The U.S. Supreme Court reinstated Monday the life sentence of a former Baltimore police sergeant for killing his young mistress nearly two decades ago, after Maryland's highest court overturned his first-degree murder conviction last year.
James Kulbicki was convicted in the 1993 execution-style murder of Gina Nueslein, a 22-year-old Royal Farms clerk. Her body was found in Gunpowder Falls State Park the weekend before the two were scheduled to appear at a court hearing over child support.
The Maryland Court of Appeals had granted Kulbicki a new trial on the grounds his lawyers should have challenged the bullet analysis that implicated him in the killing. After being used for 40 years, the lead-testing method was found to be unreliable and abandoned years after Kulbicki's conviction.
In its reversal, the Supreme Court noted that only one piece of research existed at the time that could have cast doubt on the forensics method, which wasn't controversial then.
The Maryland court ruling suggested Kulbicki's attorneys should have found the "needle in a haystack," even when they had "reason to doubt there is any needle there," the justices wrote in their ruling.
"The Court of Appeals offered no support for its conclusion that Kulbicki's defense attorneys were constitutionally required to predict the demise" of the bullet analysis method, the Supreme Court said. "Instead, the court indulged in the 'natural tendency to speculate as to whether a different trial strategy might have been more successful.'"
Nueslein's sister, Jennifer Getz, said she was comforted by the Supreme Court's ruling, which will allow her family to avoid having to see Kulbicki again in court.
"We just all have the same feeling — just relief of being spared the ordeal of having to relive Gina's death," she said Monday. "Every time we have to come to court, it relives the murder and the gruesomeness of the whole crime."
An attorney for Kulbicki could not be reached to comment Monday.
A park ranger found Nueslein's body in a remote area on Jan. 10, 1993. Investigators determined she had been shot at point-blank range and her body dumped in the park, and an eyewitness saw Kulbicki in his truck in the area around the time of the killing.
Kulbicki was charged with the crime and convicted in 1993, but the case was retried two years later because the judge hadn't given him a chance to rebut the testimony of two state witnesses. For the retrial, Baltimore County prosecutors marshaled an array of forensic evidence against him, including DNA and ballistics analysis.
Ernest Peele, the FBI agent who testified for the prosecution, told the jury that a bullet from Kulbicki's gun was not an exact match to fragments found in the shooting, but the chemical composition matched, indicating they were the same type of bullet and could have been from the same box of ammunition.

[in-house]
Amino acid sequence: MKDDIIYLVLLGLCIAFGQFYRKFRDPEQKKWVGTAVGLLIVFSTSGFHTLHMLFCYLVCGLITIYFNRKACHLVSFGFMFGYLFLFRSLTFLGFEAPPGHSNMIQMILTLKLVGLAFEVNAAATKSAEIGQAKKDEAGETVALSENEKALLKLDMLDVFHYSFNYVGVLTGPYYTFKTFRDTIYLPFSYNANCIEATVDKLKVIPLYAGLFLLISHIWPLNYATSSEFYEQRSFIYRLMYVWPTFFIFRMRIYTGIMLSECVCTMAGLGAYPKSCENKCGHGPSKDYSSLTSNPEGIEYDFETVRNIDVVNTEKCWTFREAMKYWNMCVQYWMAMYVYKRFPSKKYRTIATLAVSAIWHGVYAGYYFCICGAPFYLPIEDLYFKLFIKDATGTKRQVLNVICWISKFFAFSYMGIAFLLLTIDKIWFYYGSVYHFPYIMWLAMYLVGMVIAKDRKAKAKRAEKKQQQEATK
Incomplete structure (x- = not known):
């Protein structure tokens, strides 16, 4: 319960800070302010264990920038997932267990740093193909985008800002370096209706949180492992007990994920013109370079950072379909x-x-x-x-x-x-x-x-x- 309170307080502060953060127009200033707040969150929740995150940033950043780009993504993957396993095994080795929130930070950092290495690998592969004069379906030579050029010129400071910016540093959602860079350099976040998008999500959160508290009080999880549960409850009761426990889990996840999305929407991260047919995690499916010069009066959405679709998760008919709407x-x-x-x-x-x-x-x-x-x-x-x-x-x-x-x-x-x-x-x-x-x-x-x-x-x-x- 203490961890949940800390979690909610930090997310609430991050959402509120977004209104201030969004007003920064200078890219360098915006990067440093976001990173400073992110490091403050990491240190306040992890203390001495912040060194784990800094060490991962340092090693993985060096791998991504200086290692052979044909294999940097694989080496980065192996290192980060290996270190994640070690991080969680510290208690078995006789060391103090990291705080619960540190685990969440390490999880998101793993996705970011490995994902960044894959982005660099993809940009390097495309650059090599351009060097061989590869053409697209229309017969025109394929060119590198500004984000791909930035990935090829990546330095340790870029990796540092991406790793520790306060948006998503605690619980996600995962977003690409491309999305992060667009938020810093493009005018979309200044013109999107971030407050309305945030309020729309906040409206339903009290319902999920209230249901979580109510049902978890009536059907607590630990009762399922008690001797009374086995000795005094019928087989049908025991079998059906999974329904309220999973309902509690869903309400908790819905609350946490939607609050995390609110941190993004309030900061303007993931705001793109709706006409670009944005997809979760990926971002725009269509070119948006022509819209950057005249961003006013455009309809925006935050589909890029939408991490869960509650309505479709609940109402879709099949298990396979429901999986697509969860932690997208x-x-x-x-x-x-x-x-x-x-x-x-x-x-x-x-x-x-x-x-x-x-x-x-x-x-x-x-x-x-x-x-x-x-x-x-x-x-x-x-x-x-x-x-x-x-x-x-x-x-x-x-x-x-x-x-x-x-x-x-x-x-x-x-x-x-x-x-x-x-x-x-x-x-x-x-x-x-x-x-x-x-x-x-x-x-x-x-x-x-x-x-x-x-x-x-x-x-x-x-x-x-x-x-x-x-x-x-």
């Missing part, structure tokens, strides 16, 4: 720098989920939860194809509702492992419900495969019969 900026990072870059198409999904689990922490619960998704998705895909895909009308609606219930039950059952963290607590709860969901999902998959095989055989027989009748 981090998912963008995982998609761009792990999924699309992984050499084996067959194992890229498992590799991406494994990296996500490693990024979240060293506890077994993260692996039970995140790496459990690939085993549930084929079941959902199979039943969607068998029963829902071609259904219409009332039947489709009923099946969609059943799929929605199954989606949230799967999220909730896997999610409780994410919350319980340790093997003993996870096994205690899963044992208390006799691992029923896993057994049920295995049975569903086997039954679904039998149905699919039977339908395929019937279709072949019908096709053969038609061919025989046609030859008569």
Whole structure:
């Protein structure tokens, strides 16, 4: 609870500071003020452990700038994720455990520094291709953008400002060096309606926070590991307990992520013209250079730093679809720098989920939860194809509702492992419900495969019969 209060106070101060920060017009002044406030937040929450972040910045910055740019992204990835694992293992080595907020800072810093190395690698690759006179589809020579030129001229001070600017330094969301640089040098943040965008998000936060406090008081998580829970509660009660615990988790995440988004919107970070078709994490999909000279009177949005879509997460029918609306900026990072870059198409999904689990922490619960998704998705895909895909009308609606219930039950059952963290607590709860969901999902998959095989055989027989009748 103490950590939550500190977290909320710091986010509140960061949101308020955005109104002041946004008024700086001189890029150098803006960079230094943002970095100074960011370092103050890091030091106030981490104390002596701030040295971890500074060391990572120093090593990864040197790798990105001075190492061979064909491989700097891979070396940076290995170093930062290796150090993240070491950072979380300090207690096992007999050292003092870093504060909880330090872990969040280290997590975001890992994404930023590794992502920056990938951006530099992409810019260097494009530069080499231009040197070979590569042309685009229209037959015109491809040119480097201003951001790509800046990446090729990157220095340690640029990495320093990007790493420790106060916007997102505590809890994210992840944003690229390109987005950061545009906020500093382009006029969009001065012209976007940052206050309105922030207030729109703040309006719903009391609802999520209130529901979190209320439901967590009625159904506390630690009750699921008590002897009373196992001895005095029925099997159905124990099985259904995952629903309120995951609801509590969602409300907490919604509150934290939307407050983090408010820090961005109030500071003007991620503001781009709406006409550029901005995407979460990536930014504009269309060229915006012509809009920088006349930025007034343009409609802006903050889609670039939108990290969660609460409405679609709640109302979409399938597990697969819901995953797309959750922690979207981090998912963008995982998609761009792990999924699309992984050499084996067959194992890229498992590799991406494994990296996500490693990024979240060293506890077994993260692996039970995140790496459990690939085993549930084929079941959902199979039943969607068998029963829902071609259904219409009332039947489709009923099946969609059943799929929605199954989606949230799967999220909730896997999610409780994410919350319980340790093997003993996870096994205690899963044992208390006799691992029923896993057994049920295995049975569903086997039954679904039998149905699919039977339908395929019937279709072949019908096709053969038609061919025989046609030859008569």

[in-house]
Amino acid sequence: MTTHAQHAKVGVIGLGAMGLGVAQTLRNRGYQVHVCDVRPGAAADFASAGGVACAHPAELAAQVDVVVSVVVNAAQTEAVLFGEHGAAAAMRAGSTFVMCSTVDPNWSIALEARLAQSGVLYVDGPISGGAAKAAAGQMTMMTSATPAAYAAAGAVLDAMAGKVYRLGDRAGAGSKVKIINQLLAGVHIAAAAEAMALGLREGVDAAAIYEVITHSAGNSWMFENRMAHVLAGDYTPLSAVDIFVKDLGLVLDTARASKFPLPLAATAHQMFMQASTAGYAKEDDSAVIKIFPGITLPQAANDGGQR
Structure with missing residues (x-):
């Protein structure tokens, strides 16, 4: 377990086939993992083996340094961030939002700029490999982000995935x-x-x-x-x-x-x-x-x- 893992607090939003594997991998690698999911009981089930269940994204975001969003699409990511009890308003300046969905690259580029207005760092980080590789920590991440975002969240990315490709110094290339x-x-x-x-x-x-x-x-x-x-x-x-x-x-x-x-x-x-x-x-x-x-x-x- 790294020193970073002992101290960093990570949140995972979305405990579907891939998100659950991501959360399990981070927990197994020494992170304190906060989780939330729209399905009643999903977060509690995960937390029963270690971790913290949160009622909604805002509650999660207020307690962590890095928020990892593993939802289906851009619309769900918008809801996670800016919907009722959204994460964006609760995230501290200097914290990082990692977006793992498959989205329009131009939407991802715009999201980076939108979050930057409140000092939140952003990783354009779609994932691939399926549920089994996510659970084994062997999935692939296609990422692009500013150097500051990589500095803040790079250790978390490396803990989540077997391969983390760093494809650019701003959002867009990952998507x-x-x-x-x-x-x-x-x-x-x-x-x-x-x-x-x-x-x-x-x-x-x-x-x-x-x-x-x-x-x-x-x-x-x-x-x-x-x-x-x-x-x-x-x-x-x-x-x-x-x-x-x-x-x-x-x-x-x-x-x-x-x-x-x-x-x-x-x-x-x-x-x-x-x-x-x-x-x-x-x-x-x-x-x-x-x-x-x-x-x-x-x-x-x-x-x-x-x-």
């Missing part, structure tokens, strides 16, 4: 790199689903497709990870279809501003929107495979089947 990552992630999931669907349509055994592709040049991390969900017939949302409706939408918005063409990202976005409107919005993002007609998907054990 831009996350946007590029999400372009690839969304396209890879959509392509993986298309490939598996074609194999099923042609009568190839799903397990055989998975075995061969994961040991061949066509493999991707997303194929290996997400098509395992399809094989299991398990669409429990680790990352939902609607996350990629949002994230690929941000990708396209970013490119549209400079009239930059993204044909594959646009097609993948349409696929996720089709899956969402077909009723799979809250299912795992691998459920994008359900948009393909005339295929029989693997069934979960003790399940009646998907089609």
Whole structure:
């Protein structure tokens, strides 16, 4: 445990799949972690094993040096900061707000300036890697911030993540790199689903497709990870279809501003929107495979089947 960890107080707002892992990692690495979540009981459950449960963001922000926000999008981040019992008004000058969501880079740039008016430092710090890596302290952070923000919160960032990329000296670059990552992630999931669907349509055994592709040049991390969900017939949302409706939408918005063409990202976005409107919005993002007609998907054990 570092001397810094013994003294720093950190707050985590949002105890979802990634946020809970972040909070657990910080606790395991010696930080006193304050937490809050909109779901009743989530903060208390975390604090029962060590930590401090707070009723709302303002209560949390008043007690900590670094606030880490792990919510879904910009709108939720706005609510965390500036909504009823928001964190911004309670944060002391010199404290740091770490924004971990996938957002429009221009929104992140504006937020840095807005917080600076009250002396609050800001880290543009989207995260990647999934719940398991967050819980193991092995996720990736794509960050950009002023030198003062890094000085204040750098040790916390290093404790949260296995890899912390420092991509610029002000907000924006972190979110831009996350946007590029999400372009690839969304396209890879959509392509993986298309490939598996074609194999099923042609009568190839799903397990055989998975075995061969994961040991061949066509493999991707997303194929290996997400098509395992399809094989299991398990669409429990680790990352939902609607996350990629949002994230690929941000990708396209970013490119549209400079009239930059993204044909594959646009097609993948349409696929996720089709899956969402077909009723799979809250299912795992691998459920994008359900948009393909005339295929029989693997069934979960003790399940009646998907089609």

"Because we don't have any witnesses who actually saw the defendant put the gun to [the victim's] head, we fill in the gaps," a prosecutor said in closing arguments, according to court records. "And the way we fill them in is with forensic science."
Peele was a co-author of the 1991 report that first raised a question about the ballistics method. It noted that bullets with the same lead composition had been found in different packages.
The Court of Appeals ruled in a separate case in 2006 that the method was flawed and shouldn't be used as evidence in criminal cases.
Kulbicki's attorneys didn't raise the report's finding during Peele's cross-examination. The Maryland appeals court held that was tantamount to the defense being "unconstitutionally ineffective," erring so seriously that they deprived Kulbicki of a fair trial.
The Supreme Court noted that Peele, in his 1991 report, wrote off the finding as coincidence and concluded the ballistics testing was valid. It wasn't until more research was done that the test was debunked.
"[W]ould effective counsel really have brought to the attention of the jury a report whose conclusion was that [the method] was a valid investigative technique in cases just like Kulbicki's?" the court asked.
The Supreme Court justices also took issue with the Maryland court's assertion that the report "was available" to Kulbicki's defense attorneys. The appeals court found the report online nearly 20 years after the trial, the justices noted, among a compilation of studies that were "distributed to various public libraries in 1994."
"But which ones? And in an era of card catalogues, not a worldwide web, what efforts would counsel have had to expend to find the compilation?" the Supreme Court wrote.
The Supreme Court's ruling likely closes the door on scores of similar appeals of other shooting convictions from the same era, which could have been overturned based on defense attorneys failing to raise the flaws in the ballistics testing.
"Counsel did not perform deficiently by dedicating their time and focus to elements of the defense that did not involve poking methodological holes in a then-uncontroversial mode of ballistics analysis," the Supreme Court wrote.
Maryland Attorney General Brian E. Frosh said the Supreme Court's decision restores the integrity of Kulbicki's earlier conviction and "sends a clear signal that the closure delivered to a family by a verdict should only be undone in exceptional circumstances."
"This case did not present those circumstances, as the Court clearly noted," Frosh said in a statement.
The Constitution's "sacred promise of effective representation for every defendant does not justify using the seductive lens of hindsight to second guess trial and tactical decisions years after those judgments are made," Deputy Attorney General Thiru Vignarajah added.